He said, “I think we’ve started the 150-mile patch of sastrugi that ALE told us about before we left.”

I choked down the bite of chicken fried rice in my mouth. “That means we’ve got about eleven to twelve more days of the stuff.”

While we finished dinner, I thought about how surprised I had been to hear Marty explain the difficulty of our journey to Leni. While I agreed with what he’d said, he’d never explained the depth of the struggle out loud to me, nor had I to him. We’d defaulted to an expedition communication style that was different from our regular way of interacting as husband and wife.

Maybe he thought talking about the cold hard days would cause it all to seep into our psyche, crack our defenses, and steal our confidence. As he’d said earlier, maybe we didn’t talk about it because dwelling on it wouldn’t change the situation. There was no way out.

Just like when you’re in the middle of a mountain climb or 100-mile race—you just keep moving to outrun anything that might stop you from finishing. Maybe Marty had talked about it with Leni because she was a safe outlet, outside of our tent, for releasing emotions.

Still, whether we spoke it aloud or not, we couldn’t hide our mental and physical decline.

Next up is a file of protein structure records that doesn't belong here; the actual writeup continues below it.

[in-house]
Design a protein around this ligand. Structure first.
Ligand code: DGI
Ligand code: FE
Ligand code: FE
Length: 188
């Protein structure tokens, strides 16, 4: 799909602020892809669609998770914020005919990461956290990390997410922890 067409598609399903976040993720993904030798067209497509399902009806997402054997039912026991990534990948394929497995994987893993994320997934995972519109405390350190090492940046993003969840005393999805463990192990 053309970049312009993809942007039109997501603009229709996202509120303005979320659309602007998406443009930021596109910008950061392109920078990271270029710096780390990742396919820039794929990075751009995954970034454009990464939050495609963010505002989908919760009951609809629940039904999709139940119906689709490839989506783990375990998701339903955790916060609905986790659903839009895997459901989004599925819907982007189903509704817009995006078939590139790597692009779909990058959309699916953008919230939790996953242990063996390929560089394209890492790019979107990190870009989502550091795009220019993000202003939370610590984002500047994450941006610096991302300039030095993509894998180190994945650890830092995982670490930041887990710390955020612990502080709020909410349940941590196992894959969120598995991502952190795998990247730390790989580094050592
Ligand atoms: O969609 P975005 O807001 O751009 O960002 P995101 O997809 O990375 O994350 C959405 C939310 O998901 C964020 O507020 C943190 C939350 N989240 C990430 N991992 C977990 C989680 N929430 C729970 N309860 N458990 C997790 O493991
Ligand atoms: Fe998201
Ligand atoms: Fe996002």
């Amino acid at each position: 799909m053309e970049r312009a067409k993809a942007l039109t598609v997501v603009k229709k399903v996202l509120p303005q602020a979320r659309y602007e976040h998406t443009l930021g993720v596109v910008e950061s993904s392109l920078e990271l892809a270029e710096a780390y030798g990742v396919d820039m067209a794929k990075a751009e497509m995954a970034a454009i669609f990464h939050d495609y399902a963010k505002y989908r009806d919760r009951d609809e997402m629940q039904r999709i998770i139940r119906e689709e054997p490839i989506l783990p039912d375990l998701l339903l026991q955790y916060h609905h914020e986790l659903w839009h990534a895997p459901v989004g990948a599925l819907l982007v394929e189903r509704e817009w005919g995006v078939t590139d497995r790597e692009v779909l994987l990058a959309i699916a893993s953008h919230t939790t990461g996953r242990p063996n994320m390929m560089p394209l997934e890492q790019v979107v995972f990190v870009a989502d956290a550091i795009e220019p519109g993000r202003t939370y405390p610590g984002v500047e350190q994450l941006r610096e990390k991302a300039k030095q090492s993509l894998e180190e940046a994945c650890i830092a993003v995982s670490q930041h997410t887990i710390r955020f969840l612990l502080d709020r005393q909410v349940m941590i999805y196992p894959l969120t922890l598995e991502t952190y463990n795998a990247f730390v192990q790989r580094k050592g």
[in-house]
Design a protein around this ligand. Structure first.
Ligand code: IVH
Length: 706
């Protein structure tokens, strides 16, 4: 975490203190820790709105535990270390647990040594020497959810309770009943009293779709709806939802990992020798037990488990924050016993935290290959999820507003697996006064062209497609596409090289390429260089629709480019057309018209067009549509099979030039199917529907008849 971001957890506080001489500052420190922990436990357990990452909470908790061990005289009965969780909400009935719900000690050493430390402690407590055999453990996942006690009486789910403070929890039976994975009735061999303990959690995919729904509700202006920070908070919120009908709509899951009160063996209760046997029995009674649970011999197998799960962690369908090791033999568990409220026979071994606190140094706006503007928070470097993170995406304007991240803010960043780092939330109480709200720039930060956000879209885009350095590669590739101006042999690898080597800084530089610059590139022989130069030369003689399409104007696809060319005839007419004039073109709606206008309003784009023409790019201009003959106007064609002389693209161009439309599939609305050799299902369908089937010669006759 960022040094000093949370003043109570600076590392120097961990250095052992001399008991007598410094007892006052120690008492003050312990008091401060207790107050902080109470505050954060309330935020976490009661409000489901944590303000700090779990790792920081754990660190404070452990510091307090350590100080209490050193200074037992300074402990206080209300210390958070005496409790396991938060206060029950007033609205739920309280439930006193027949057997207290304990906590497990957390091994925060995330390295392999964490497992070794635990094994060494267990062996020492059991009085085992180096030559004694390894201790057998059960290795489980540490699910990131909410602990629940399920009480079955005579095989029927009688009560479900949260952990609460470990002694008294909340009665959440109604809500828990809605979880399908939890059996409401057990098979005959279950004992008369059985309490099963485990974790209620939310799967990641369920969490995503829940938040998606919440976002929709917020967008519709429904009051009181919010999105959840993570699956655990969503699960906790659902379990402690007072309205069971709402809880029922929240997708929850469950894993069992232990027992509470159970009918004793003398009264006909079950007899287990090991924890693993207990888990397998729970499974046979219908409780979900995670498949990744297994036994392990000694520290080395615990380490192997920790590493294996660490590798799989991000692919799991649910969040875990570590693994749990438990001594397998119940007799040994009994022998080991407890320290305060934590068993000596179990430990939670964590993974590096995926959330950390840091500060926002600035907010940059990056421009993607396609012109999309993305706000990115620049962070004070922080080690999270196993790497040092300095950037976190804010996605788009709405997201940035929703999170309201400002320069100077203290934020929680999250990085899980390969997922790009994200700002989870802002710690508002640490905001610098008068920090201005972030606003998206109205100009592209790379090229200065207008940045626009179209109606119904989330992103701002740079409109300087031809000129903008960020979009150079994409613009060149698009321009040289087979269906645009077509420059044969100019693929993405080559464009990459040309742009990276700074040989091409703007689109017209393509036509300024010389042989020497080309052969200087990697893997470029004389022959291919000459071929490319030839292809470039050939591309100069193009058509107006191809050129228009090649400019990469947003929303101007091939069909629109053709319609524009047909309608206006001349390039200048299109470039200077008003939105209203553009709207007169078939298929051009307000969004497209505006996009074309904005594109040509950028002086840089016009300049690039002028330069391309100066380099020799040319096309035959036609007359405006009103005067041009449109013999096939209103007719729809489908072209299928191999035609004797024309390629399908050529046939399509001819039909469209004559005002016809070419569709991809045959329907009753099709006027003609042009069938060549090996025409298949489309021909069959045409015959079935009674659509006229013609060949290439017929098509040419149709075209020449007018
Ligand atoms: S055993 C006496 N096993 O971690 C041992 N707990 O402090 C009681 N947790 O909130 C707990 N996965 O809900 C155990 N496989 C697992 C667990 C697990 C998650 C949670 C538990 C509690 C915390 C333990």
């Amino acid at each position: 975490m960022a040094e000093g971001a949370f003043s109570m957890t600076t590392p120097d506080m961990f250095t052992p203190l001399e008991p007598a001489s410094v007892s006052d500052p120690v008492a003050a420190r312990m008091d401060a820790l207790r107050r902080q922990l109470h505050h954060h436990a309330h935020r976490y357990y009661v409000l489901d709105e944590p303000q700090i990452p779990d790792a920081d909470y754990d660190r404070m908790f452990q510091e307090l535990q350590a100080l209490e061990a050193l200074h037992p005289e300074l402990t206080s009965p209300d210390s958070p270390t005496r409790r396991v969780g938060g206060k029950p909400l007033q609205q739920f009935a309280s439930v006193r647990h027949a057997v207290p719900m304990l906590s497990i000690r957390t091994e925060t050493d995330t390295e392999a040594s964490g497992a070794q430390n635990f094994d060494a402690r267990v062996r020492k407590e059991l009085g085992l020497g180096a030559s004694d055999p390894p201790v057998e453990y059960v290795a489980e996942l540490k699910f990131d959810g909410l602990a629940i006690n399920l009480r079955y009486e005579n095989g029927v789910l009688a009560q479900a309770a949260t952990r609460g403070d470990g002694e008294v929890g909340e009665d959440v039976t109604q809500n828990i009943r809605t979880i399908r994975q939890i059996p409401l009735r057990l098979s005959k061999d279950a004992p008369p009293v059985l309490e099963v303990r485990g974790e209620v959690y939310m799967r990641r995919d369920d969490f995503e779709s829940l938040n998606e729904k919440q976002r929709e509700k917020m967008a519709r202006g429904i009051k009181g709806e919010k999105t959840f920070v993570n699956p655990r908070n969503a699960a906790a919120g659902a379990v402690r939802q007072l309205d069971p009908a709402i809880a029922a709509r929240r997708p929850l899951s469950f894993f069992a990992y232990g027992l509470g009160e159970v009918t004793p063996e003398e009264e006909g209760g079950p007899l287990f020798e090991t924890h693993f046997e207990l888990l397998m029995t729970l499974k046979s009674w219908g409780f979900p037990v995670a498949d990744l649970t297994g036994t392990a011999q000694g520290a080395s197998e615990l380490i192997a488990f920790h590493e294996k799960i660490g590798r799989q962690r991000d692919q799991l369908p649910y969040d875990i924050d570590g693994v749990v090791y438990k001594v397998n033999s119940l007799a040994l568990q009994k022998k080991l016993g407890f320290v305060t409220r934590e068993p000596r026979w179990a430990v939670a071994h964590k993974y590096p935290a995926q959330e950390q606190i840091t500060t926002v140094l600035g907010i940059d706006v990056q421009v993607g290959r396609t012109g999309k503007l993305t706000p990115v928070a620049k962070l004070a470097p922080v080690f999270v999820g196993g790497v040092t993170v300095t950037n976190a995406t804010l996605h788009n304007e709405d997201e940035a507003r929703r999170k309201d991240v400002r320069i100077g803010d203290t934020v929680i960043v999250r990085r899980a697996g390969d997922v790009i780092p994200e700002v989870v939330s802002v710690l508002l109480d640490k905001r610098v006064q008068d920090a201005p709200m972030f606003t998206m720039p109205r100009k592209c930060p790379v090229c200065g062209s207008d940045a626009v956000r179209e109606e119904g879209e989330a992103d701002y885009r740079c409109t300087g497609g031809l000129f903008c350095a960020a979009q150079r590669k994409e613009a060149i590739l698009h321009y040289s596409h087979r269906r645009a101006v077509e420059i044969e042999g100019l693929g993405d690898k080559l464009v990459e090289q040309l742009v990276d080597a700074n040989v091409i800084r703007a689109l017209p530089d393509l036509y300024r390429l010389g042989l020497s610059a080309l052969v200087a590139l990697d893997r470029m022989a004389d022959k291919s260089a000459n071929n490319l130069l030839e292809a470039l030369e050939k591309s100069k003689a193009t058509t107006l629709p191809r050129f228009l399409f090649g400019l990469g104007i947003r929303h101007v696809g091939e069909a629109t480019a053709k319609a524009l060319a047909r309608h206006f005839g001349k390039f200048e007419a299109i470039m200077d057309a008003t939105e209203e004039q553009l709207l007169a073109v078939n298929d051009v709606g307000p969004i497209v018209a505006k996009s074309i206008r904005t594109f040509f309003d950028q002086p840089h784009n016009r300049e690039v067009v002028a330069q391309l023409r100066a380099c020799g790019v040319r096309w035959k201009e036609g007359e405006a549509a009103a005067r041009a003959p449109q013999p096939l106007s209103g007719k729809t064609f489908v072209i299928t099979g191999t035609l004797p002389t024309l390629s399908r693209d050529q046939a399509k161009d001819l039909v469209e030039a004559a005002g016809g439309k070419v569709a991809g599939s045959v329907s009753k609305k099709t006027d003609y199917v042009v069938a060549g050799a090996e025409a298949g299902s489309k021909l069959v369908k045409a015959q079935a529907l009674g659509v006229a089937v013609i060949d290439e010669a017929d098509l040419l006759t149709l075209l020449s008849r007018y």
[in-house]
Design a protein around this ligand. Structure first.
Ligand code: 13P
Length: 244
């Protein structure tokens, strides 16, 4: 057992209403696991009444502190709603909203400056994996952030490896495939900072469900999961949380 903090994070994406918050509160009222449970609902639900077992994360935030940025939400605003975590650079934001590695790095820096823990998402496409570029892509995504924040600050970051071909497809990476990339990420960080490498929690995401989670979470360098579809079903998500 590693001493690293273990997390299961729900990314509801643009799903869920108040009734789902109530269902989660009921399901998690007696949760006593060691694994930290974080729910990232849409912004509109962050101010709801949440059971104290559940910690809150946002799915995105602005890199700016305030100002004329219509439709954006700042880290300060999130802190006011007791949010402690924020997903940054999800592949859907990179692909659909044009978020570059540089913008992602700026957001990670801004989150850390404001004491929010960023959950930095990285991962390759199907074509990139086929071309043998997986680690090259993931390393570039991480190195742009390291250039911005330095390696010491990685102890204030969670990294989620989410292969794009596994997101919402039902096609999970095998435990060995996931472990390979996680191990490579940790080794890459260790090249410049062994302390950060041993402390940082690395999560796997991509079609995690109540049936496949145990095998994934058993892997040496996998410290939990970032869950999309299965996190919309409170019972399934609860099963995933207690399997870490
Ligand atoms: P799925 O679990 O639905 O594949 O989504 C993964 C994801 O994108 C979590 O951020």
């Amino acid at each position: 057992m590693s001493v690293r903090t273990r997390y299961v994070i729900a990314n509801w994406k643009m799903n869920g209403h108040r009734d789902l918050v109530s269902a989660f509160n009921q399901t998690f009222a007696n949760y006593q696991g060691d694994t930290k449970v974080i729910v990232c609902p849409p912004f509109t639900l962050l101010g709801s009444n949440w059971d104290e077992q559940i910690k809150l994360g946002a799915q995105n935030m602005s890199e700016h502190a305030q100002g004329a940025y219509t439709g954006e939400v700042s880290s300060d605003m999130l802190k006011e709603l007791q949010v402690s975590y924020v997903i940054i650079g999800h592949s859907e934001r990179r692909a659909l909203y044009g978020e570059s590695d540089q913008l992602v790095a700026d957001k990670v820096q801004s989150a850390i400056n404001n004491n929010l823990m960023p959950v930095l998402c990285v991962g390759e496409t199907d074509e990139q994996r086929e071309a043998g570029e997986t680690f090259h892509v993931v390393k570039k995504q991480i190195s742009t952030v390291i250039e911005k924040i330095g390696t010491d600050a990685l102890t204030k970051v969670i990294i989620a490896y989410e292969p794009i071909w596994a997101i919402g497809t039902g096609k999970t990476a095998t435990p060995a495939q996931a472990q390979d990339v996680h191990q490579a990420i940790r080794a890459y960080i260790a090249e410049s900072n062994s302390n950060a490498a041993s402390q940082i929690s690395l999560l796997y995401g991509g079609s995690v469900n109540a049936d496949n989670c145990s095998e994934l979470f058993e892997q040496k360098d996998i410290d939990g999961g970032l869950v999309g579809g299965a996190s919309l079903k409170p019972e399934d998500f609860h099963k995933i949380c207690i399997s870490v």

Chris FaganChris Fagan and her husband became the first American married couple to ski without a guide, resupply or other assistance to the South Pole–and became Guinness World Record holders. She has summited Denali; run 100-mile trail races through the mountains; canoed the hippo-laden Zambezi River; and biked through remote Tanzania. Chris is a wife, mother, and business owner who loves to get her hands dirty and feet wet. Her adventurous spirit shines through in her work as a writer, speaker, trainer, and consultant. She lives in the Pacific Northwest with her husband, teenage son, and two labs, Winston and Kiya. The Expedition is her first book.

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The Expedition: Two Parents Risk Life and Family in an Extraordinary Quest to the South Poleir?t=gc0a7 20&l=am2&o=1&a=1631525921